Westworld‘s Game of Thrones Crossover Was Dreamed Up By George R.R. Martin Himself

Over the course of its eight seasons, Game of Thrones featured cameos by everyone from pop star Ed Sheeran to football player Aaron Rodgers. But despite the fact that author George R.R. Martin created Westeros and worked with HBO to bring his A Song of Ice and Fire novels to life, we never got to see his face peering out beneath a piece of period headgear. An initial pilot cameo was scrapped thanks to reshoots, and the show never managed to get it together and let Martin make an appearance. But thanks to CGI magic, one of Martin’s most famous creations made a cameo of their own—on an entirely different show.

Game of Thrones fans who tuned into the second episode of Westworld Season Three were treated to a pretty huge crossover Easter Egg. When Bernard heads back to Delos’s labs to hunt for Maeve, Stubbs guides him through a repairs shop for a park we’ve never seen before. And in it, two technicians are working on a familiar, scaly face: that of Drogon, Daenerys’ dragon. And the employees hard at work on the fire-breathing lizard were none other than David Benioff and Dan Weiss, GoT’s showrunners.

The Hollywood Reporter talked to Westworld’s Jonathan Nolan about how the scene came about, and it turns out that Nolan and co-creator Lisa Joy are friends with their GoT counterparts. “They have been incredibly supportive and friendly with us as we were getting our show up and running,” said Nolan, “George R.R. Martin as well. George has frequently pitched a crossover episode. When the time came for Luke and Jeffrey’s characters to be wandering around in the bowels of the Mesa, we could not resist.”

As for Drogon, “He ate a couple of PAs,” Nolan joked, “but that’s it.”

Martin himself laid the seeds for the cameos by suggesting to Nolan and Joy that Westeros might be just another Delos theme park. He shared his vision for a more extensive crossover on his blog:

I never wanted a full crossover, never thought that Westworld’s hosts should adventure in Westeros World as they have in Samurai World and War World… but a brief scene or two could have been fun, and would have been in keeping with the Delos concept. And, hey, I even suggested that they could bring back actors from GOT, characters we had killed. The hosts die almost weekly, after all. The fans might have gotten a kick out of catching a brief glimpse of Richard Madden, Sibel Kekilli, Esme Bianco, Ron Donachie, or Mark Addy again… and I suspect the actors would have been game as well.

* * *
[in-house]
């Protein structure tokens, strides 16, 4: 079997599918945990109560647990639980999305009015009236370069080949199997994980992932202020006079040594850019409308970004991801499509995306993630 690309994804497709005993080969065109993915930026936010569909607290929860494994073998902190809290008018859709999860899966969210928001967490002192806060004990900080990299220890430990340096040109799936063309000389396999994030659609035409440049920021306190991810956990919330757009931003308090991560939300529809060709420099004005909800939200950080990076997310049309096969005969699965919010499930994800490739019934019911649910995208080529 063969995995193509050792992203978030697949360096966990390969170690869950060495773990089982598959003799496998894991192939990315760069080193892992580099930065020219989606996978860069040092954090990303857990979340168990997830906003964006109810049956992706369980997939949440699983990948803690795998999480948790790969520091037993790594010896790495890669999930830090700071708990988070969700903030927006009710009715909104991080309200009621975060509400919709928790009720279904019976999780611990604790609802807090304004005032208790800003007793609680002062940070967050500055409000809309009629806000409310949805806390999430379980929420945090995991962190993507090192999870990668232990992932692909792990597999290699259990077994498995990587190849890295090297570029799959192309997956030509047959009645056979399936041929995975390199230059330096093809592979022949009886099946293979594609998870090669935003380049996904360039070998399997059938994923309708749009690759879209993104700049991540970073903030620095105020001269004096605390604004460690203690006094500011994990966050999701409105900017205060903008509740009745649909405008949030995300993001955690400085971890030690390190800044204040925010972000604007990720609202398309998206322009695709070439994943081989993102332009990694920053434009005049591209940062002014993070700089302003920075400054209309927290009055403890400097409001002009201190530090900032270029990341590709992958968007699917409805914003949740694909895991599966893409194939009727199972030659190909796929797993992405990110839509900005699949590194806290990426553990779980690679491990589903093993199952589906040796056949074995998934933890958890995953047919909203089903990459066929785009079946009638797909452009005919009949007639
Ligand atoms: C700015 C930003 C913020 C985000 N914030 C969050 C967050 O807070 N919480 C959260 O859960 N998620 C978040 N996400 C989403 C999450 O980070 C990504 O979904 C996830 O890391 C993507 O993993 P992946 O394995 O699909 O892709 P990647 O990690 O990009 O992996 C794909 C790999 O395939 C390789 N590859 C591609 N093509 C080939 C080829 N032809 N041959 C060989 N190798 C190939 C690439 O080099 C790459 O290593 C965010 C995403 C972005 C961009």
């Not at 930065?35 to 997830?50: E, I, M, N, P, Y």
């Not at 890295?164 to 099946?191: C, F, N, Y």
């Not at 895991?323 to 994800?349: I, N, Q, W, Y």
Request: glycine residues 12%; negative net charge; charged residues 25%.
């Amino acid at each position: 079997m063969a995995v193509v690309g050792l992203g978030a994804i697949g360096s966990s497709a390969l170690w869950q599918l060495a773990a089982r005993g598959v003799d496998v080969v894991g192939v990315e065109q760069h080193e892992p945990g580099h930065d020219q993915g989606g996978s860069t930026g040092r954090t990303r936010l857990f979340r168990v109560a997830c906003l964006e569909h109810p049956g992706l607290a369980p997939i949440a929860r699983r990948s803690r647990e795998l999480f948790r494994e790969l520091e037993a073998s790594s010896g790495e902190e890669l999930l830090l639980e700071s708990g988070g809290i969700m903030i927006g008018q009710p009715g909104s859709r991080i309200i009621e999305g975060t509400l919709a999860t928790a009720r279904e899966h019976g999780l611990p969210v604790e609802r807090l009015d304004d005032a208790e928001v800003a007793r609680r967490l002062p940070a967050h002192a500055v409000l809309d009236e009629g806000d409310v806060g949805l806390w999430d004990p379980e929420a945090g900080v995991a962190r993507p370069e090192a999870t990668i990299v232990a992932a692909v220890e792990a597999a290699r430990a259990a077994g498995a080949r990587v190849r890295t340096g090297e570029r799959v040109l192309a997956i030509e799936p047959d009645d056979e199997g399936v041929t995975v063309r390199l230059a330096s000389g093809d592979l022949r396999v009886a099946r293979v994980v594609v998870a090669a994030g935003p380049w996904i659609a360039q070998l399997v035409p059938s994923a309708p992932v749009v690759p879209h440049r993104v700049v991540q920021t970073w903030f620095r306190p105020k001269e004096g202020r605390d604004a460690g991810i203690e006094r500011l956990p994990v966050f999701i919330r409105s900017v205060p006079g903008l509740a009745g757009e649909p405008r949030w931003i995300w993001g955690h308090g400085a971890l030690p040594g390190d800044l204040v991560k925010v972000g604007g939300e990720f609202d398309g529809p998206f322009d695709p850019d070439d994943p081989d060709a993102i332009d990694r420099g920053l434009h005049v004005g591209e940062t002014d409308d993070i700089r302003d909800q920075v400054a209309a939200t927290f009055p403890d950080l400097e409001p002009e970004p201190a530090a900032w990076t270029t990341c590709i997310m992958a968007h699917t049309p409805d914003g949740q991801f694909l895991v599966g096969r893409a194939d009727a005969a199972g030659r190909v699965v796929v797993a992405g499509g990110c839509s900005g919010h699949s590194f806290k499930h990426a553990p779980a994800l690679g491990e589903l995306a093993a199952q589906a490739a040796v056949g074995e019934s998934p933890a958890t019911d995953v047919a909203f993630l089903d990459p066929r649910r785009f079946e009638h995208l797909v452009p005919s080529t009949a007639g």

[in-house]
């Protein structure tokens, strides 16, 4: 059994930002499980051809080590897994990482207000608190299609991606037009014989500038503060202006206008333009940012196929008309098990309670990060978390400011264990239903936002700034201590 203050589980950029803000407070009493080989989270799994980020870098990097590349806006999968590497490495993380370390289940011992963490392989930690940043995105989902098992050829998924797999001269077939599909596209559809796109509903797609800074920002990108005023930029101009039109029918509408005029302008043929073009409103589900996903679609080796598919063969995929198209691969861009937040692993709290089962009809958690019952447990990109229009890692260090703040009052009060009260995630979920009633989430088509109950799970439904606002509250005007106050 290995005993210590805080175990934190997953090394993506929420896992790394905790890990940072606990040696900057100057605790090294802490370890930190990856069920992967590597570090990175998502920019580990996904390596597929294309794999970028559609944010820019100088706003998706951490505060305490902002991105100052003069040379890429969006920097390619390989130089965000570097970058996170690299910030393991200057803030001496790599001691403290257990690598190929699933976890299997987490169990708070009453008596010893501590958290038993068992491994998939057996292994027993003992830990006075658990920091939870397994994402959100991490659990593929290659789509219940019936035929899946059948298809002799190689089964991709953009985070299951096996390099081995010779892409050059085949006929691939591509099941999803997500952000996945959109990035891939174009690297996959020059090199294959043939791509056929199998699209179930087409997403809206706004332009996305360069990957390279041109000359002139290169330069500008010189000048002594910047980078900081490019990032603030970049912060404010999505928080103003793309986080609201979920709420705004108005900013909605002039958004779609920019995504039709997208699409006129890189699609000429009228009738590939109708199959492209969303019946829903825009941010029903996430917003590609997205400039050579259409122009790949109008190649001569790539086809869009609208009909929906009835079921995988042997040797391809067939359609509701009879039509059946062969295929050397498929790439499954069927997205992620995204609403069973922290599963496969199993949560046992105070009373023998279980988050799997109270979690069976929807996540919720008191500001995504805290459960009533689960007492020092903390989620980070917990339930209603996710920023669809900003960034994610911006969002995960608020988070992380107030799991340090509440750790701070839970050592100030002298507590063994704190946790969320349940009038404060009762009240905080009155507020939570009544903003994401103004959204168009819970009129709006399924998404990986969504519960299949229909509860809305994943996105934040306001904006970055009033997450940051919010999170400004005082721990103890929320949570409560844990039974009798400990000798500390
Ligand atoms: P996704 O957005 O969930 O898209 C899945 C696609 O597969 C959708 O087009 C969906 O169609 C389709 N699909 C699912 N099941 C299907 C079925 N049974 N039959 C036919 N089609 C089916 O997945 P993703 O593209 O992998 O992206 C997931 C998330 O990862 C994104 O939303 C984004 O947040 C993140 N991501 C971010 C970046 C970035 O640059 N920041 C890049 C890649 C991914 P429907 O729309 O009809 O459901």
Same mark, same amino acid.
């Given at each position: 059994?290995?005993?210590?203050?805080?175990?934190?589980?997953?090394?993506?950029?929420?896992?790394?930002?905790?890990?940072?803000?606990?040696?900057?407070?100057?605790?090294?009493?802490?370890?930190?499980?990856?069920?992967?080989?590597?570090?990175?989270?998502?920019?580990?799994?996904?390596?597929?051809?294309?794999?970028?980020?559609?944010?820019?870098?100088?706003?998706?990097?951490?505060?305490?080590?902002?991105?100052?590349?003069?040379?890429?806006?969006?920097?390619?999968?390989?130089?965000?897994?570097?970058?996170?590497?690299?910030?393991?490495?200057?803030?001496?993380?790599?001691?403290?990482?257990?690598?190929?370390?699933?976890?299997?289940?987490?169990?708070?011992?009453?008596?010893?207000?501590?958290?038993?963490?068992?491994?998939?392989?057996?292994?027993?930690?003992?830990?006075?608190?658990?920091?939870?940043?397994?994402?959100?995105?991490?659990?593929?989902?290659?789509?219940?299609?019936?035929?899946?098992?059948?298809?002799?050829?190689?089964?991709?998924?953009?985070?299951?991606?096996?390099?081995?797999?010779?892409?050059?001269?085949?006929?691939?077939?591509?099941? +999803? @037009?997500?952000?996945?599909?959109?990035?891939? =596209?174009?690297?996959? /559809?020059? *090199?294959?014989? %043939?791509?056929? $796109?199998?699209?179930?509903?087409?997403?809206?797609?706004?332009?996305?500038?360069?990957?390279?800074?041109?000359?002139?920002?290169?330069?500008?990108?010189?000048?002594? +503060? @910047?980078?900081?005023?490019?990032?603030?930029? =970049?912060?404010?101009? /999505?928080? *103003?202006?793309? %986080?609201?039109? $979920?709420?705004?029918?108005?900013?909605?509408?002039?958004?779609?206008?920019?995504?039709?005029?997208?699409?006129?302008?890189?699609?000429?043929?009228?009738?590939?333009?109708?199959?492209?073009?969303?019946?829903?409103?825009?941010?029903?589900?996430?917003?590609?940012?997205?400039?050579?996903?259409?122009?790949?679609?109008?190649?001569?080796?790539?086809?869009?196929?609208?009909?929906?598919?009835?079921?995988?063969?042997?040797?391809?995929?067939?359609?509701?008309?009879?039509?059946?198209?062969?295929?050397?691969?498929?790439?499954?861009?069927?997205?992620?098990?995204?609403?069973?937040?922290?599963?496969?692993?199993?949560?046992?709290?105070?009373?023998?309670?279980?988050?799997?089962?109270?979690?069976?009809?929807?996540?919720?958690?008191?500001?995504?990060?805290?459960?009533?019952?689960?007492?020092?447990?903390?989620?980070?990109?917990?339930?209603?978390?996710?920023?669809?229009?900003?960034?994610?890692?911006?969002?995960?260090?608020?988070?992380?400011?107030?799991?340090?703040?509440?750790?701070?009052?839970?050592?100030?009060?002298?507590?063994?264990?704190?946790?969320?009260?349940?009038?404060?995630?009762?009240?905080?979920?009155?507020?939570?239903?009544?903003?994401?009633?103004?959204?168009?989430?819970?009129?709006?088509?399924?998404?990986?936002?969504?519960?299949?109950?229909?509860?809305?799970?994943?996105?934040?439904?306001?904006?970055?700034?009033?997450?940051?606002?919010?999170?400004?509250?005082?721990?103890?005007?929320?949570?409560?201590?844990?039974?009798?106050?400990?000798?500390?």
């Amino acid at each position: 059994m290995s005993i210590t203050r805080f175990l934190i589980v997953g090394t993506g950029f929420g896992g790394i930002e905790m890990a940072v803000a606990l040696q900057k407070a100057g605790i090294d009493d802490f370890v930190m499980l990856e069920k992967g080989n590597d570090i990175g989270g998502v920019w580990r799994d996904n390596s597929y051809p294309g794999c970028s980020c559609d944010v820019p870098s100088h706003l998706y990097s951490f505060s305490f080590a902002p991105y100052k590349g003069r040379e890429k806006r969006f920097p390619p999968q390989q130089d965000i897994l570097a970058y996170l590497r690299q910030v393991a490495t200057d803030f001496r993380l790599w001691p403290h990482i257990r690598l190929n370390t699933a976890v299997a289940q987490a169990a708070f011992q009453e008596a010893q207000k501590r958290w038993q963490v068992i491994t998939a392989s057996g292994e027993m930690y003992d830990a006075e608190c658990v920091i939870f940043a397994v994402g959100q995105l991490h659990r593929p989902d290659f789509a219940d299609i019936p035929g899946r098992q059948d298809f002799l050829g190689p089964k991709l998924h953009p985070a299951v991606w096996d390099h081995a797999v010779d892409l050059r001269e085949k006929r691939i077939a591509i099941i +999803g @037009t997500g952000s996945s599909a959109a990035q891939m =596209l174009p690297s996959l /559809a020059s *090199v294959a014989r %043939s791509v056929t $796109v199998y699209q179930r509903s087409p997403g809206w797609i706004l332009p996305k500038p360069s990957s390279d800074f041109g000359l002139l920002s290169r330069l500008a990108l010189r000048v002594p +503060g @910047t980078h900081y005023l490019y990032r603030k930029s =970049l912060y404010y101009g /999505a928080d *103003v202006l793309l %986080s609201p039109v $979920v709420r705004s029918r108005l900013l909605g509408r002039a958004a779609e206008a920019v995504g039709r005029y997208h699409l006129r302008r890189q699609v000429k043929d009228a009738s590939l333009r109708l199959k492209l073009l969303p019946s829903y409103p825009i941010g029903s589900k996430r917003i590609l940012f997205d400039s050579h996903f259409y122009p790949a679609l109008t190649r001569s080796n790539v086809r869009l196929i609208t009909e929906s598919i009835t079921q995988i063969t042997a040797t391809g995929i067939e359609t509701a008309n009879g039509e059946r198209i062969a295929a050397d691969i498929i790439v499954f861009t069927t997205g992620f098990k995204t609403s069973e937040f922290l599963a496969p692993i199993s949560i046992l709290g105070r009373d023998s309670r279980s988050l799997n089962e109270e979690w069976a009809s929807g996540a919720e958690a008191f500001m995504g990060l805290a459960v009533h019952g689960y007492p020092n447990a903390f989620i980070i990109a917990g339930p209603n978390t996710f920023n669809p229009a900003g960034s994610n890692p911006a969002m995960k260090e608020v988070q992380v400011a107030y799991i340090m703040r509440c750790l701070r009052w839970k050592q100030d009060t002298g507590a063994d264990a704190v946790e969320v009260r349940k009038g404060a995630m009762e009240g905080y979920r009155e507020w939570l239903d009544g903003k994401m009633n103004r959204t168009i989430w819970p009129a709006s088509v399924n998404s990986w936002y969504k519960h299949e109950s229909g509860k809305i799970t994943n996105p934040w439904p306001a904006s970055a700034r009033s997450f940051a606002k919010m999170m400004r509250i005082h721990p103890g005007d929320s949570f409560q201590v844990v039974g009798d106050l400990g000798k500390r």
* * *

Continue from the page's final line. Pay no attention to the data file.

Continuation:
It could definitely work—some GoT characters certainly seemed like they could be hosts stuck in a loop. There’s Jon Snow, who brooded for five-episode stretches before engaging in pointless acts of self-sacrifice over and over again for eight whole seasons. And Tyrion, who was hired as hand to a monarch every time he turned around, despite being demonstrably terrible at the job. The show taking place in Park Four would also explain why Season Eight was such a mess. Head of Narrative Lee Sizemore was pretty busy helping Maeve find her daughter and dying heroically—he probably didn’t have a lot of time to invest in the Westeros storylines.

But the sequence didn’t only reference Game of Thrones. In Michael Chrichton’s original 1973 Westworld film, Delos’ three parks are Western World, Roman World, and Medieval World, so the glimpse we saw of Park Four also nods to the show’s source material. The dialogue given to Benioff and Weiss also tips its hat to Westworld’s original creator, as the two technicians discuss selling the dragon to a “startup in Costa Rica.” Isla Nublar, the fictional setting for the Jurassic Park movies, also created by Michael Chrichton, is off the coast of Costa Rica. And Jurassic Park would definitely be in the market for a giant reptile.

At the very least, you can appreciate the meta-joke of Benioff and Weiss literally dismembering our beloved GoT characters with a hacksaw.

Gabrielle Bruney Gabrielle Bruney is a writer and editor for Esquire, where she focuses on politics and culture.